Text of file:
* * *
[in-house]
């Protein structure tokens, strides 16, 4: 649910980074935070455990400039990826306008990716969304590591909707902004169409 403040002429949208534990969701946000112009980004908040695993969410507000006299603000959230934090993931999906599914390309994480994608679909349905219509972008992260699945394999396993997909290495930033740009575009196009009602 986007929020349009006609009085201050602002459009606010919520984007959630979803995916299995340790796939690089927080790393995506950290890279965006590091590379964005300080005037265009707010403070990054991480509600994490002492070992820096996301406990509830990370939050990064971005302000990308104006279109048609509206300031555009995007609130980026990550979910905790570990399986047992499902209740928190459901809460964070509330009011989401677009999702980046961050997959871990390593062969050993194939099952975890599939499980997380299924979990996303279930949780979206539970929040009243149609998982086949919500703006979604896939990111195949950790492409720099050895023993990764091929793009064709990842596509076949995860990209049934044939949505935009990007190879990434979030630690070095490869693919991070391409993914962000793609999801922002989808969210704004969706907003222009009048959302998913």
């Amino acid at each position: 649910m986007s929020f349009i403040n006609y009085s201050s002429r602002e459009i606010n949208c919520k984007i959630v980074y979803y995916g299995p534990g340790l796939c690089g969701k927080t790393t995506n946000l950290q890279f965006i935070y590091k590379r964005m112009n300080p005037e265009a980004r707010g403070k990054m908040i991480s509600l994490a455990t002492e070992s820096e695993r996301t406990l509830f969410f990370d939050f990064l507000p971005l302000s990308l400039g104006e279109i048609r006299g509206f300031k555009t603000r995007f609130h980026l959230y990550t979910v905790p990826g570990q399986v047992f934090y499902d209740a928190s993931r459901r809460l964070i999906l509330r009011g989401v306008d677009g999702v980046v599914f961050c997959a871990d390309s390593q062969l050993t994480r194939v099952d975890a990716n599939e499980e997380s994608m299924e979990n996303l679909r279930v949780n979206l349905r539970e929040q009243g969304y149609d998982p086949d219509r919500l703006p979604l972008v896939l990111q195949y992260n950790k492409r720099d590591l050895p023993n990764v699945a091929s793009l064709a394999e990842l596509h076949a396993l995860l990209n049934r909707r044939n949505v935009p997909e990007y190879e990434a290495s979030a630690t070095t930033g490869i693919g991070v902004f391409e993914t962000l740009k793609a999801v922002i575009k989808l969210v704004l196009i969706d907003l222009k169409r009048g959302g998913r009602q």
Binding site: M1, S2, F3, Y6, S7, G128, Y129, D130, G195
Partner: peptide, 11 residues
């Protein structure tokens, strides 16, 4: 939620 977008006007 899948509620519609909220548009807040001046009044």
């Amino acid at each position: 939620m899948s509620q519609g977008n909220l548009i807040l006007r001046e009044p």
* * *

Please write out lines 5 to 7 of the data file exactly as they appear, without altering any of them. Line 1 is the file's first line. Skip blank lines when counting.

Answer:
Partner: peptide, 11 residues
């Protein structure tokens, strides 16, 4: 939620 977008006007 899948509620519609909220548009807040001046009044």
């Amino acid at each position: 939620m899948s509620q519609g977008n909220l548009i807040l006007r001046e009044p």